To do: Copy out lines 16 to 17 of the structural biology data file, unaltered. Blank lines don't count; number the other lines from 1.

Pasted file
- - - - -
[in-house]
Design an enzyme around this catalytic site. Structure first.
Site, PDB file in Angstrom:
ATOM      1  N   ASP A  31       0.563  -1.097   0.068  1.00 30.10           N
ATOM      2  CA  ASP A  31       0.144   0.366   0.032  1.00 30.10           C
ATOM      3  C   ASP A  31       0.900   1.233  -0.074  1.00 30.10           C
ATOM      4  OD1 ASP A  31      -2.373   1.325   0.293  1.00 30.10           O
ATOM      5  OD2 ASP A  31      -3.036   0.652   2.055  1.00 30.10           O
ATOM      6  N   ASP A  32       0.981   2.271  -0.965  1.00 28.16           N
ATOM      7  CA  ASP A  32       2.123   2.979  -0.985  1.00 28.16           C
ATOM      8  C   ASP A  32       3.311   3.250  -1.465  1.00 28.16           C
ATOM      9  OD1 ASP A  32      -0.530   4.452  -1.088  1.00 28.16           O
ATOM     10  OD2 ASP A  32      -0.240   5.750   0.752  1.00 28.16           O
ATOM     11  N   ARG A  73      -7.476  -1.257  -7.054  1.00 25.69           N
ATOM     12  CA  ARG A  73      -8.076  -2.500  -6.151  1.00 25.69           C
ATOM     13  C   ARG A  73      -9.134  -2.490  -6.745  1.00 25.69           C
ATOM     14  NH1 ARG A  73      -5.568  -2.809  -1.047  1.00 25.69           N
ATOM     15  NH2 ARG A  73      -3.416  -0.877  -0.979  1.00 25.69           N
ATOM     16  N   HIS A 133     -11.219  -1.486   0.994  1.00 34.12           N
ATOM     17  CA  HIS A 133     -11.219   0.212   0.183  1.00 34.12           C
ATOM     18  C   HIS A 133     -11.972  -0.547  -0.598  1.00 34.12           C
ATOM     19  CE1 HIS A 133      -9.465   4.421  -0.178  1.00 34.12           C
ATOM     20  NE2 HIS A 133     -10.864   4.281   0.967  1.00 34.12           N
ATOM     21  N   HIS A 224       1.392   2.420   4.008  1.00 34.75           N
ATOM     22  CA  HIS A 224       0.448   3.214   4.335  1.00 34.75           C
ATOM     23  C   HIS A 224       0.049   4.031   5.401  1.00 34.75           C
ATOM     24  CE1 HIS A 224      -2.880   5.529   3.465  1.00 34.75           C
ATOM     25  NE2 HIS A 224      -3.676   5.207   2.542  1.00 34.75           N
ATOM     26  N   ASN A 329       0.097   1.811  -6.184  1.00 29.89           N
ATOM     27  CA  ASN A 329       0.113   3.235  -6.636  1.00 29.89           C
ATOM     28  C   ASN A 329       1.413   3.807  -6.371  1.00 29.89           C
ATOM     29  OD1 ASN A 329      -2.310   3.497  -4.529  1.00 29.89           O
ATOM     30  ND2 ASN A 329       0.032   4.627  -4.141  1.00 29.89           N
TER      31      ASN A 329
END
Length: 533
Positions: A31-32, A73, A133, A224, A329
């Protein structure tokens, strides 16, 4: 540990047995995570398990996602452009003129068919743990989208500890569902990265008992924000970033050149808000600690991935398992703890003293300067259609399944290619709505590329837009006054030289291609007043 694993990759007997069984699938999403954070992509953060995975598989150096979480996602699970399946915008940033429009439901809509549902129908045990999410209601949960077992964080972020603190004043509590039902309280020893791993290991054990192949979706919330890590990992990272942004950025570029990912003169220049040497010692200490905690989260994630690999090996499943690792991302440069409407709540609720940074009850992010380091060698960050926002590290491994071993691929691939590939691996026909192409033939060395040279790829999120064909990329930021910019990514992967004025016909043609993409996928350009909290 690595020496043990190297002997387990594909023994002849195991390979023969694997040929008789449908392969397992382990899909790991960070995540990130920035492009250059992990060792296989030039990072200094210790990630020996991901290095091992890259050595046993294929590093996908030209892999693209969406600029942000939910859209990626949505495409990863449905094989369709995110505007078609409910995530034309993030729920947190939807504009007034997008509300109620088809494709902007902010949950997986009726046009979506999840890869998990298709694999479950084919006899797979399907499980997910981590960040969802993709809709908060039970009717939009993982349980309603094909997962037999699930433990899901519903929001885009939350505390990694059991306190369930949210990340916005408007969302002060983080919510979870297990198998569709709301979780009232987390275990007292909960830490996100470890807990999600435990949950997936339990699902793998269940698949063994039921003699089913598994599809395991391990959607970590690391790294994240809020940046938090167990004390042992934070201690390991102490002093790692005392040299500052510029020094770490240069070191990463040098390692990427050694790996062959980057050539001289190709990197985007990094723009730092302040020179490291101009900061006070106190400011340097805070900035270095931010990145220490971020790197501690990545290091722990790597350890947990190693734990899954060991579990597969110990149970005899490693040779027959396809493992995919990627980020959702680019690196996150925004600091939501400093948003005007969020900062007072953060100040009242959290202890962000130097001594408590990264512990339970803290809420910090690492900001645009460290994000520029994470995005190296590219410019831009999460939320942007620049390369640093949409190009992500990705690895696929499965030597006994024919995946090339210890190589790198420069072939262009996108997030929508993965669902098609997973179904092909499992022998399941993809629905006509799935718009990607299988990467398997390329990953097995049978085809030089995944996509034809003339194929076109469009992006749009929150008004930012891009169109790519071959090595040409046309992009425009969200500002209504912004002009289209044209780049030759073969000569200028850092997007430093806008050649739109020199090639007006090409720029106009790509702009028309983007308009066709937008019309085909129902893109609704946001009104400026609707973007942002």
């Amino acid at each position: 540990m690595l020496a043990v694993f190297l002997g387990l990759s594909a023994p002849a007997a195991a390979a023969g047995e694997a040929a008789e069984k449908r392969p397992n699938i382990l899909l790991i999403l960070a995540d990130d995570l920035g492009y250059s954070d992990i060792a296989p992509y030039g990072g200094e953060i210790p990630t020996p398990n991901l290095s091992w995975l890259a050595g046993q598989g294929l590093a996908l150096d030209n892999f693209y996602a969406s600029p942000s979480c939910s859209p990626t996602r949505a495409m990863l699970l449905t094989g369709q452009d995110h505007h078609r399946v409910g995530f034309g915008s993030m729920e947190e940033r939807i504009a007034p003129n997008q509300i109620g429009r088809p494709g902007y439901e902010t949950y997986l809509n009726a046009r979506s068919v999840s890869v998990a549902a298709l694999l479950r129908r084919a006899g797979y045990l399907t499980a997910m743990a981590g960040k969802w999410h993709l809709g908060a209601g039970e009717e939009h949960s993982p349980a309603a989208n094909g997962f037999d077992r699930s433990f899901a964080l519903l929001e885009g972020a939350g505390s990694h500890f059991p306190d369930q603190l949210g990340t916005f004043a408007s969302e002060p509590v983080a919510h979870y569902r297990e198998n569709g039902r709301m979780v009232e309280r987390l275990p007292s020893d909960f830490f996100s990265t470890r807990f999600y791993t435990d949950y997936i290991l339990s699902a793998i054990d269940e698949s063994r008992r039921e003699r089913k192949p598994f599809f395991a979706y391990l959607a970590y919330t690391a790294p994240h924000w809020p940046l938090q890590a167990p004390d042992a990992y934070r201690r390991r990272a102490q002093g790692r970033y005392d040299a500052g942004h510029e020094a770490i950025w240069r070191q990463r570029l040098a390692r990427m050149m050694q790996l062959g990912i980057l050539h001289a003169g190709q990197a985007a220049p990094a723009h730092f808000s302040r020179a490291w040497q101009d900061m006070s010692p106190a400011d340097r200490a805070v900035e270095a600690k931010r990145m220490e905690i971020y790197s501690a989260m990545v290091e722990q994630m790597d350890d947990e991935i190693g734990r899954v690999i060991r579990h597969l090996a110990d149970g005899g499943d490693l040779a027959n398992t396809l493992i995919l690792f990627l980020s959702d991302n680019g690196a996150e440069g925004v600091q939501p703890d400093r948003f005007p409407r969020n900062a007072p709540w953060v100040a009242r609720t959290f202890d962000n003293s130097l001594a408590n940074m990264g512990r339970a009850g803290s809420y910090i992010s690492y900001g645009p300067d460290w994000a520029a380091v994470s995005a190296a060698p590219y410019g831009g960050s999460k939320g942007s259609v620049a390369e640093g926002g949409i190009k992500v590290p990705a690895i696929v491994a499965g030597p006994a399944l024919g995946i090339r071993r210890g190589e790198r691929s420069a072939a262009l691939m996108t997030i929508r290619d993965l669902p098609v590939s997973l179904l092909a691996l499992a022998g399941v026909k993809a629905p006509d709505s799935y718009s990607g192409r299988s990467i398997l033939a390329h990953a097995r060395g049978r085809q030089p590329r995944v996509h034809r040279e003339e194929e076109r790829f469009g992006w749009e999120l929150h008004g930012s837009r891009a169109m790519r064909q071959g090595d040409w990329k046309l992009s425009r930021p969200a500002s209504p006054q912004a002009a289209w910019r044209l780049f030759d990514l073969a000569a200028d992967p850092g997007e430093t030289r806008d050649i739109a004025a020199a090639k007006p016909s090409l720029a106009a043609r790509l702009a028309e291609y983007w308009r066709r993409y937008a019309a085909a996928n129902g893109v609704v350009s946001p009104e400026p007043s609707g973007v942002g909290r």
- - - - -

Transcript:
ATOM     13  C   ARG A  73      -9.134  -2.490  -6.745  1.00 25.69           C
ATOM     14  NH1 ARG A  73      -5.568  -2.809  -1.047  1.00 25.69           N